Budapest and I- STEP

Media Scrapbook: Global May Hungary, Media scrap book-2lfs9yt

Mohammed Moumen

Global May Hungary Study Abroad Program

 

My STEP project was to study abroad in Budapest Hungary over the month of May. The program focused on the history, culture and traditions of Hungary and Poland. It entailed 3 weeks in Budapest, Hungary and a week in Warsaw, Poland, I also had the chance to visit each of Slovakia, Austria and Czech Republic. The program was a mixture of class discussions and excursions to key cites that included museums, castles, and other monuments discussed in class.

This program forced me out of my confront zone, it was my first time abroad for a long period of time without my family and close friends, in a country that I knew very little about.  The language barrier was the largest issue, which made it hard to make conversations with locals. This helped me reflect more on myself and try harder to make meaningful connections. The program also helped me learn key phrases in Hungarian and use them in my time abroad which helped ease talking to locals and making friends outside of my program cohort, allowing me to deeply engage in the Hungarian culture and be more of a traveler and less of a tourist.

There is a huge difference between a traveler and a tourist, one that I did not quite understand before this program. A tourist looks at the big things, the obvious ones, takes pictures and souvenirs and leaves without really questioning the space he or she is in. A traveler pays attention to the little things, tries to talk to locals and learn more about their culture and history. I believe my biggest transformation that this project resulted in is going form a tourist to a traveler.

My professor, Daniel Pratt, advised us in our first class to be more like travelers and less like tourists. We visited many monuments, parks, coffee shops, and malls to help us gain a cumulative understanding of the Hungary, Hungarians and Hungarian culture. Our professor told us to try to understand why things are the way they are and how they happen to be there. One should ask questions that raise other questions. A traveler never stops asking, never is satisfied. Words along these lines stuck in my head for the entire time I was abroad and was working towards them and getting closer to them day after day, experience after another.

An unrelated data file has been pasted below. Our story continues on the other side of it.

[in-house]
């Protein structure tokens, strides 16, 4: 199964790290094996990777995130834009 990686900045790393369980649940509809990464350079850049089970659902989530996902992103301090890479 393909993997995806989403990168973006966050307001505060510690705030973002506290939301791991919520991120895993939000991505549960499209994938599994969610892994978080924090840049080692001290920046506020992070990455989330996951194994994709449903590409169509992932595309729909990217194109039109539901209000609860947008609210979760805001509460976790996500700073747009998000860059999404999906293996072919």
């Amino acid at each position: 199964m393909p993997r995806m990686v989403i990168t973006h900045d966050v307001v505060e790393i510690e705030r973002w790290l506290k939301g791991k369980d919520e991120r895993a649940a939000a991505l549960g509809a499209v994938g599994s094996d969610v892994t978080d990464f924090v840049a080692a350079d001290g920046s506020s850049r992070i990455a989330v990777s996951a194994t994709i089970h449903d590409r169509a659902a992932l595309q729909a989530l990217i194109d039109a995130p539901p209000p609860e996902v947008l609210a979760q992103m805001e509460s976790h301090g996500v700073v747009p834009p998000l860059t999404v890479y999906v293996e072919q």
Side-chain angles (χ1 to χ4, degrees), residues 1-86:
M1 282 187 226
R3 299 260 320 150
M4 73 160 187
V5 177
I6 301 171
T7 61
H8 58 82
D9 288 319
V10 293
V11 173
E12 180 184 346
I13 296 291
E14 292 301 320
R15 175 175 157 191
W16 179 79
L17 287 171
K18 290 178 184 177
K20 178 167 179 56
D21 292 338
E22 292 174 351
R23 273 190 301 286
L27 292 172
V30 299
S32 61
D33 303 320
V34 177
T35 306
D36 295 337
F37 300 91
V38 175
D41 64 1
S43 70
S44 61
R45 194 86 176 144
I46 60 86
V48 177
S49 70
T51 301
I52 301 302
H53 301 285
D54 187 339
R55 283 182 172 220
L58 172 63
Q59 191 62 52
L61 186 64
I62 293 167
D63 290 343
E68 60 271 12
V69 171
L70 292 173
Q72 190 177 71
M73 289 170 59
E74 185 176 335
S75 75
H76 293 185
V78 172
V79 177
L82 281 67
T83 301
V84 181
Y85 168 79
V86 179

It was quite hard to live up to the expectations of my professor, when I have never been thought how to be a traveler. Every time I travelled before, I was always a tourist and did what tourists do. I never learned to keep questioning and asking questions, never enjoyed long talks with locals. I only visited places that the country is famous for and disregarded the rest.

I started to look deeper into things that I encounter and question them more. I visited different monuments numerous times, at different times of the day to see how time changes how people interact with these monuments. I also tried to have more conversations with the locals and understand how they see their country and their own culture. This gave me an insider point of view, one that I can compare to my own country and draw conclusions on our differences and similarities.

Going through this experience and transformation is something that I see of great value. I managed to learn skills that I will carry with me for the rest of my life. I learned the proper way to approach a culture that I am unaware of and how to understand people that may be so different from me, how to find the similarities between us and discuss our differences in hopes of a better understanding. These skills will help me in my future travels to better understand the country and the people that I visit. I only hope to keep improving these skills to get the best out of each future experience.

 

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